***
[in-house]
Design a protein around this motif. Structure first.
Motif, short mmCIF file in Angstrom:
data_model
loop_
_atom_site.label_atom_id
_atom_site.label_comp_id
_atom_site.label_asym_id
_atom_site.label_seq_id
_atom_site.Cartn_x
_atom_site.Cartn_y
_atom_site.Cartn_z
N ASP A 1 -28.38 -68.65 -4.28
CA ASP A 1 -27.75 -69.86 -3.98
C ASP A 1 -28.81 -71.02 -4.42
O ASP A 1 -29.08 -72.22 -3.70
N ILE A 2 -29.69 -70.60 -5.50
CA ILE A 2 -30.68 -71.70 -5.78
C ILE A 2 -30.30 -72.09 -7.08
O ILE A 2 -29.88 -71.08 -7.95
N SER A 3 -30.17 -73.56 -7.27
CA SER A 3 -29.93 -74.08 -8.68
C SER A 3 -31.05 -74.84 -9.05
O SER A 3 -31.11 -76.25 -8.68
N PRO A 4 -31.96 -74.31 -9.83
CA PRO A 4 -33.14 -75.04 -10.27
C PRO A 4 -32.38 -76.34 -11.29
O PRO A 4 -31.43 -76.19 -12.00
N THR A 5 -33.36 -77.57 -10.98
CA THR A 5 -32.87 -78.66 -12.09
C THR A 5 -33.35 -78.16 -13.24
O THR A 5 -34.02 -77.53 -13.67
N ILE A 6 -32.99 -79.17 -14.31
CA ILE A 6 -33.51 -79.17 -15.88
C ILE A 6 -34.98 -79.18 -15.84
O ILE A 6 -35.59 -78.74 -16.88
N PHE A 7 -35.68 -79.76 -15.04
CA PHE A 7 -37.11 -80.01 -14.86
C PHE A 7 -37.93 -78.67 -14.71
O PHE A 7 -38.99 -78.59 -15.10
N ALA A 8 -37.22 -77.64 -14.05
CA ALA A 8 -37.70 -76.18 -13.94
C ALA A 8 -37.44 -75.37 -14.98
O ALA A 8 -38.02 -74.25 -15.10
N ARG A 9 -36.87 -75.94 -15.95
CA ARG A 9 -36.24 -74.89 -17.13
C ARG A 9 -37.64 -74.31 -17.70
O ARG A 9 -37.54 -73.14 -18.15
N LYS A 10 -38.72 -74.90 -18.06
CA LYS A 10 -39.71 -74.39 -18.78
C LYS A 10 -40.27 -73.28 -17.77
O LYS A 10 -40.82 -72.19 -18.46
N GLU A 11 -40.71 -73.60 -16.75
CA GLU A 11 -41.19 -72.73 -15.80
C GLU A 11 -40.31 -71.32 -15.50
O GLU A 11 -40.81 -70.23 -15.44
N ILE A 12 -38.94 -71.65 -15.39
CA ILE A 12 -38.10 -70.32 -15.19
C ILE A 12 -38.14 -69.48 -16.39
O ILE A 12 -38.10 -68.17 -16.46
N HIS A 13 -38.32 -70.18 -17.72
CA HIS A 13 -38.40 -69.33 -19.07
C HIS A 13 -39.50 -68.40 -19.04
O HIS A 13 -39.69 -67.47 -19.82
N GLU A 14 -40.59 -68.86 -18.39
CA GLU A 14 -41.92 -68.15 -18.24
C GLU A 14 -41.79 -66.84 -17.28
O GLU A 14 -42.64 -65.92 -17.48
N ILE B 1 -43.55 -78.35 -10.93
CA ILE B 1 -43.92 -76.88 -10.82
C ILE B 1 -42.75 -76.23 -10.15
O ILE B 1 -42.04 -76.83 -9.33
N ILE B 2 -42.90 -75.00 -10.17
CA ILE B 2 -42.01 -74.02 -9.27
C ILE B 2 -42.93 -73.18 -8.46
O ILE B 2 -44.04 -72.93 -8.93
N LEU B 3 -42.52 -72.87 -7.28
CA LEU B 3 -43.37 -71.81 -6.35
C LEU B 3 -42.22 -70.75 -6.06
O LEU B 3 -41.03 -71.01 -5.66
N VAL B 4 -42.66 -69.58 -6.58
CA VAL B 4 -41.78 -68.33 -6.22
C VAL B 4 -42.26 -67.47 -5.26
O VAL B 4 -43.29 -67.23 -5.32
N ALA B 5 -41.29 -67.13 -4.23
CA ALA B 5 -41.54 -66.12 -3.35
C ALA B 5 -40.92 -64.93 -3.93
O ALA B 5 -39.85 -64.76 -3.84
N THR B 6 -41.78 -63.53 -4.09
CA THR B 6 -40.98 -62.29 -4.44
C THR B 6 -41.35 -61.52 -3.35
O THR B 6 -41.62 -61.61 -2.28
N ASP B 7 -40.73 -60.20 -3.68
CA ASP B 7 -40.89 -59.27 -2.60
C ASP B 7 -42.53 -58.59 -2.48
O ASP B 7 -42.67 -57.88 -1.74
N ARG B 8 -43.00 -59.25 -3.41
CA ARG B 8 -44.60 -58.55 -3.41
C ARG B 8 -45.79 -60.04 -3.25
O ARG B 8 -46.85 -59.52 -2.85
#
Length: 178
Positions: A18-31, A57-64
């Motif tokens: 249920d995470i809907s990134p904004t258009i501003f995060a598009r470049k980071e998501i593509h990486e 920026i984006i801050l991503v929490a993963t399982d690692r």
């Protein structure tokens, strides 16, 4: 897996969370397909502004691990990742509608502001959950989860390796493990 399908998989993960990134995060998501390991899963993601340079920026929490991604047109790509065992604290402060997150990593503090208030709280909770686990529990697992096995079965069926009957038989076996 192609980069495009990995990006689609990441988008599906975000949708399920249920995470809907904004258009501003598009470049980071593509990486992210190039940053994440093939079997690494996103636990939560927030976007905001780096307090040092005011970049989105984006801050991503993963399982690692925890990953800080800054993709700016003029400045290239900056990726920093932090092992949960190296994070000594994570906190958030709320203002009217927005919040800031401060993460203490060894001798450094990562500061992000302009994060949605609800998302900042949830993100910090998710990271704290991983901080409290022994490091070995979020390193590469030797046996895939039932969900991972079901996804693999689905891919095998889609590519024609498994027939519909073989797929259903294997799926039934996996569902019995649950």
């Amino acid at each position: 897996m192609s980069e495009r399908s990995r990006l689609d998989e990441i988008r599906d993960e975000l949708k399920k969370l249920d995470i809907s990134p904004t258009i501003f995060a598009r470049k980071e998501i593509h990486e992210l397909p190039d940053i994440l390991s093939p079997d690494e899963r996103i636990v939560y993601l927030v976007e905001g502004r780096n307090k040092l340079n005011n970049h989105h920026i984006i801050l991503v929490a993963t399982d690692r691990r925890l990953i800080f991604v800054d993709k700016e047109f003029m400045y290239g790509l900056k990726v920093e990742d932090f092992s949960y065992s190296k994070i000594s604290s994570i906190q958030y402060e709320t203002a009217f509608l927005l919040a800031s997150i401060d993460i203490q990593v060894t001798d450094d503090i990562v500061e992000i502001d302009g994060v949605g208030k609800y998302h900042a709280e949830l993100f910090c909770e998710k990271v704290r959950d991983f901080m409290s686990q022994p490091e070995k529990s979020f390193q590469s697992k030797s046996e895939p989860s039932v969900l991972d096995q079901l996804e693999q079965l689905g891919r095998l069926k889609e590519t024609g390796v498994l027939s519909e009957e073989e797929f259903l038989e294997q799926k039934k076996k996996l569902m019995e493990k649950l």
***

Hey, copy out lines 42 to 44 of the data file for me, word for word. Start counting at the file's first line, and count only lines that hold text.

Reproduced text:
CA ALA A 8 -37.70 -76.18 -13.94
C ALA A 8 -37.44 -75.37 -14.98
O ALA A 8 -38.02 -74.25 -15.10